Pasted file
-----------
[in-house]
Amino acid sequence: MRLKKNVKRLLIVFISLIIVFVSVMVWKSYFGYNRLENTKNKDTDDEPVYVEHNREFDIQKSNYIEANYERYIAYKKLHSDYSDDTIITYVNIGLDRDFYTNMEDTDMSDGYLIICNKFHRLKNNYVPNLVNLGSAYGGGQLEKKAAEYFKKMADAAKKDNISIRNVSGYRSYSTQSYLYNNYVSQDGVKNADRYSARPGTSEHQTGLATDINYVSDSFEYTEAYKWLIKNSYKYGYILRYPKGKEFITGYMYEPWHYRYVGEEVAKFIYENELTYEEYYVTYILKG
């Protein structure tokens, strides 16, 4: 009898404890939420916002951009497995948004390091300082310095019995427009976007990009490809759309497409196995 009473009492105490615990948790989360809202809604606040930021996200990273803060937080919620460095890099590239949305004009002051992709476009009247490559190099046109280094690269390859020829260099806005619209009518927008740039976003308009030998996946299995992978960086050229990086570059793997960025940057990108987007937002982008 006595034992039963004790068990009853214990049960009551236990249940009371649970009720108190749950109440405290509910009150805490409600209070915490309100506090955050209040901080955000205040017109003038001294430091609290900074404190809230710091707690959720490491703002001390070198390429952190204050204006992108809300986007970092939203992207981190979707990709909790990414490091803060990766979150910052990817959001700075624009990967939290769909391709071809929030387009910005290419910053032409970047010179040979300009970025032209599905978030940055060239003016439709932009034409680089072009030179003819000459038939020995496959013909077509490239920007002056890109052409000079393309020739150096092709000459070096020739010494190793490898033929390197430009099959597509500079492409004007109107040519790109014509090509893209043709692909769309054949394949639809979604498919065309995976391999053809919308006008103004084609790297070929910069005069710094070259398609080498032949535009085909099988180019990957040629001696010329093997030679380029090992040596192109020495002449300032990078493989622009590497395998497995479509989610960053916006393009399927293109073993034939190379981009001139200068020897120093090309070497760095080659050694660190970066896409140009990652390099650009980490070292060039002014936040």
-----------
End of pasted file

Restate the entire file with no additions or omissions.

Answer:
[in-house]
Amino acid sequence: MRLKKNVKRLLIVFISLIIVFVSVMVWKSYFGYNRLENTKNKDTDDEPVYVEHNREFDIQKSNYIEANYERYIAYKKLHSDYSDDTIITYVNIGLDRDFYTNMEDTDMSDGYLIICNKFHRLKNNYVPNLVNLGSAYGGGQLEKKAAEYFKKMADAAKKDNISIRNVSGYRSYSTQSYLYNNYVSQDGVKNADRYSARPGTSEHQTGLATDINYVSDSFEYTEAYKWLIKNSYKYGYILRYPKGKEFITGYMYEPWHYRYVGEEVAKFIYENELTYEEYYVTYILKG
């Protein structure tokens, strides 16, 4: 009898404890939420916002951009497995948004390091300082310095019995427009976007990009490809759309497409196995 009473009492105490615990948790989360809202809604606040930021996200990273803060937080919620460095890099590239949305004009002051992709476009009247490559190099046109280094690269390859020829260099806005619209009518927008740039976003308009030998996946299995992978960086050229990086570059793997960025940057990108987007937002982008 006595034992039963004790068990009853214990049960009551236990249940009371649970009720108190749950109440405290509910009150805490409600209070915490309100506090955050209040901080955000205040017109003038001294430091609290900074404190809230710091707690959720490491703002001390070198390429952190204050204006992108809300986007970092939203992207981190979707990709909790990414490091803060990766979150910052990817959001700075624009990967939290769909391709071809929030387009910005290419910053032409970047010179040979300009970025032209599905978030940055060239003016439709932009034409680089072009030179003819000459038939020995496959013909077509490239920007002056890109052409000079393309020739150096092709000459070096020739010494190793490898033929390197430009099959597509500079492409004007109107040519790109014509090509893209043709692909769309054949394949639809979604498919065309995976391999053809919308006008103004084609790297070929910069005069710094070259398609080498032949535009085909099988180019990957040629001696010329093997030679380029090992040596192109020495002449300032990078493989622009590497395998497995479509989610960053916006393009399927293109073993034939190379981009001139200068020897120093090309070497760095080659050694660190970066896409140009990652390099650009980490070292060039002014936040």